Southeast Asia is an important producing region of arabica coffee beans.

Within, Indonesia is the third largest producer in the coffee market and sources arabica beans to Starbucks. Indonesian Arabica beans are known for its earthy flavors and also for “kopi luwak” or cat poop coffee beans.

The Philippines and southern states of India, Karnataka and Tamil Nadu, are grow arabica coffee beans. It’s known for its mild and balanced flavor.

Growing Arabica Beans and its Influence on Price

Learning how arabica coffee plants grow is helpful, as you will understand how different growing condition generates the bean’s distinct flavor and relatively high price.

Arabica coffee plants are small shrubs that can reach 9 to 12 meters tall in wild, but they are usually pruned to about 2 meters for easy harvest. It takes about 7 years for arabica tree to mature and produce quality coffee beans.

The arabica coffee flower is small, white, and fragrant, like jasmine. They are followed by red, purple, or yellow fruits called  coffee cherry, which contain 2 coffee seeds each. Havesting coffee cherries require a keen eye an hand-picking as they do not ripen at the same time.

Not only is harvesting arabica beans labor-heavy, they also require a stringest growing environment. The opitmal conditions are:

  • A subtropical climate, with the temperature from 15 to 24°C (59 to 75°F).
  • Gentle sunlight, shade and frequent rainfall.
  • High altitutes, preferably on hillsides and mountains between 1,100 and 1,900 meters (3,600 and 6,300 feet) above sea level.

 At these elevations, the hot days and cool nights slow down coffee bean maturation, giving them time to develop a more delicate flavor.

Even if all these conditions were fulfilled, cultivating arabica beans are challenge because they are pest and disease-vulnerable. A disease called “coffee leaf rust” in the 19th century almost eliminated all of the arabica trees worldwide.

With these conditions and a low yield, it’s understandable why Arabica can be so pricey!

Arabica Coffee Bean Varieties

Arabica coffee has the most sub-varieties compared to other species.

Aside from natural mutation, coffee farmers and specialists collaborate to perform cross-hybridization or genetic alterations to produce better quality arabica beans with higher yield and climate or disease resistance.

Let’s have a look at some famous and well-known arabica coffee varieties.

Typica and Bourbon

Typica and Bourbon are the two most common arabica coffee varieties that evolved through natural mutation. Typica coffee bean has clean and sweet flavor with hints of nuts and spice. While bourbon beans are bright and acidic with hints chocolate and fruit.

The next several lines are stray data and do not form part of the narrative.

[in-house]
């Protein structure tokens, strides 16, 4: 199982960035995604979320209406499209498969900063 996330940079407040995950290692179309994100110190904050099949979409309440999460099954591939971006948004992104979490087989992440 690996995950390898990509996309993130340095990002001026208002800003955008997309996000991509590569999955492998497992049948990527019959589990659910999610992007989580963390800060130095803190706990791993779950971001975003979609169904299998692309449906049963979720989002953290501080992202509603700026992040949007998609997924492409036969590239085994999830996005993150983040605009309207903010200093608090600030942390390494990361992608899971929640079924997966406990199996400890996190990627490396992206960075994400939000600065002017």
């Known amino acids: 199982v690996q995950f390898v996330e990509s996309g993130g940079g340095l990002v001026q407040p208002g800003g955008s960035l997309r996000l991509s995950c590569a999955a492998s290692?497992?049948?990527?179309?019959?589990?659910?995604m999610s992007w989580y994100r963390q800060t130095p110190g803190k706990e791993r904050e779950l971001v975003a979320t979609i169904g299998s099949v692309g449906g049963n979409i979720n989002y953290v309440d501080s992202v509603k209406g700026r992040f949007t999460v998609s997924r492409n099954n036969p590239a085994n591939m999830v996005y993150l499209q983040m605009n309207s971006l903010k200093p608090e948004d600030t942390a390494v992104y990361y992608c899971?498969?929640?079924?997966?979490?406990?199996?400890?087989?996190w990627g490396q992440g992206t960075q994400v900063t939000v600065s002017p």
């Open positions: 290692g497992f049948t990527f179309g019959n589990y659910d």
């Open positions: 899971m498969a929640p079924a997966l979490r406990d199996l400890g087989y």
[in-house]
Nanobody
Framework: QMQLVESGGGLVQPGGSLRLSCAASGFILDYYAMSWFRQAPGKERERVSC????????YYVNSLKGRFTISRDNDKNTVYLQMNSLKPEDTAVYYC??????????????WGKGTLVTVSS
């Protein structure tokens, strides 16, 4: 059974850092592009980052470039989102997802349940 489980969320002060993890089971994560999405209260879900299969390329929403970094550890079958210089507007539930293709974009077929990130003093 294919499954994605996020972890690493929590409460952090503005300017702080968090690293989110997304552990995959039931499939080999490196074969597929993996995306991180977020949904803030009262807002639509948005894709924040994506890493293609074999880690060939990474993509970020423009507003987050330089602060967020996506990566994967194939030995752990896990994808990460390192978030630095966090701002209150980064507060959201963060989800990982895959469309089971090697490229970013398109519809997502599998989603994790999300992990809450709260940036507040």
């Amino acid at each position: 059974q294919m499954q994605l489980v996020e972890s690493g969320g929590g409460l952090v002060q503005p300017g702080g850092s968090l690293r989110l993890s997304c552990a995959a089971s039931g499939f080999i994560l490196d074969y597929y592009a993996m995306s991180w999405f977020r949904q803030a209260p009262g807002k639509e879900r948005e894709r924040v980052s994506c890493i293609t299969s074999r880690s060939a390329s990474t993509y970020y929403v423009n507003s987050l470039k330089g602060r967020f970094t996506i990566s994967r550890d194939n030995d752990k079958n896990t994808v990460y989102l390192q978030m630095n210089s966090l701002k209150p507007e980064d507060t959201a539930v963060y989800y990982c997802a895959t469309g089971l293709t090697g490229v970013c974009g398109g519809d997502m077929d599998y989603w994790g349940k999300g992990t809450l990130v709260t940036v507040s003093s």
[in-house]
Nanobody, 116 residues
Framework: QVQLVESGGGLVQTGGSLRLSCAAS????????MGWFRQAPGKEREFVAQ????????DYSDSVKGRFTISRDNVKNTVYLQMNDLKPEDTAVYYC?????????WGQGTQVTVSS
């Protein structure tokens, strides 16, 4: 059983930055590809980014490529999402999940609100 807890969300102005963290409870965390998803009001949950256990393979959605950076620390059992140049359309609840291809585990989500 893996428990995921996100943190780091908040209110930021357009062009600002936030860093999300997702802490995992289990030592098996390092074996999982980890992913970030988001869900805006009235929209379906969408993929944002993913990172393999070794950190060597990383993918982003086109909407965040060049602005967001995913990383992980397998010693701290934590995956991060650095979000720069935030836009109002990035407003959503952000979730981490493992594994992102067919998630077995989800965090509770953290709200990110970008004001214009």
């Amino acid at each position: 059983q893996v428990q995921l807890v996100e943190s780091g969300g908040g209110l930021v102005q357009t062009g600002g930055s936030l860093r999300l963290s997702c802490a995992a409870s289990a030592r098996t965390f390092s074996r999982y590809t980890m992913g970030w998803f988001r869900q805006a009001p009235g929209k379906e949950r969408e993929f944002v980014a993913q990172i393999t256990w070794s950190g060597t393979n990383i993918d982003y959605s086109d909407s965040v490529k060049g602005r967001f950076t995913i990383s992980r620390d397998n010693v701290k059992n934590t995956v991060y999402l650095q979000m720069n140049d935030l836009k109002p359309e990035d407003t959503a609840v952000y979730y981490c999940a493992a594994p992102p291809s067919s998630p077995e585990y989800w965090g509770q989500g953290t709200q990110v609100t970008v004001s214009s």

They are known for their premium quality, but they have low yield and are suscptible pests and diseases. Because of this, typica and bourbon coffee are often crossed with other varieties or genetically modified to create novel species that can have a higher production.

That is why, Typica and Bourbon are the parents of many popular sub-varieties of Arabica coffee, such as Geisha and Caturra.

Fun fact: Typica was considered the first sub-variety to be discovered.

Gesha Coffee

Also spelled “geisha”, gesha coffee is a rare and exquisite variety that was discovered in the Gori Gesha forest in Ethiopia around 1930s. It’s unique flavor coming from its unique genetic make-up distinguishes it from other arabica varieties.

Gesha coffee has delicate hints of tropical fruit, jasmine, and honeysuckle. Additionally, it gained more popularity when it won the Panamanian Cup of Excellence competition in 2004.

It is one of the most expensive coffee beans in the world due to a limited yield and very high demand.

Jamaican Blue Mountain

Jamaican Blue Mountain a typical sub-variety that embodies premium quality due its unique geographic environment.

It grown at an altitude of 3000 to 5500 feet above sea level, where the cooler temperatures help the development of complex flavors. To add, mineral-rich volcanic soil and frequent rainfall also influences the gradual ripening of the coffee cherries, helping to produce a more nuanced flavor profile.

Jamaican Blue Mountain has sweet and mild flavor to accompany its light body and creamy texture. This distinct taste profile separates it from typica. Like Geisha, it is one of the rarent and most expensive coffees in the world.


Caturra coffee is a natural mutation of the bourbon coffee. It was found in Minas Gerais, Brazil in the early 20th century. Because the caturra plant evolved to grow smaller, its name is dervied from the Guarani word meaning “small”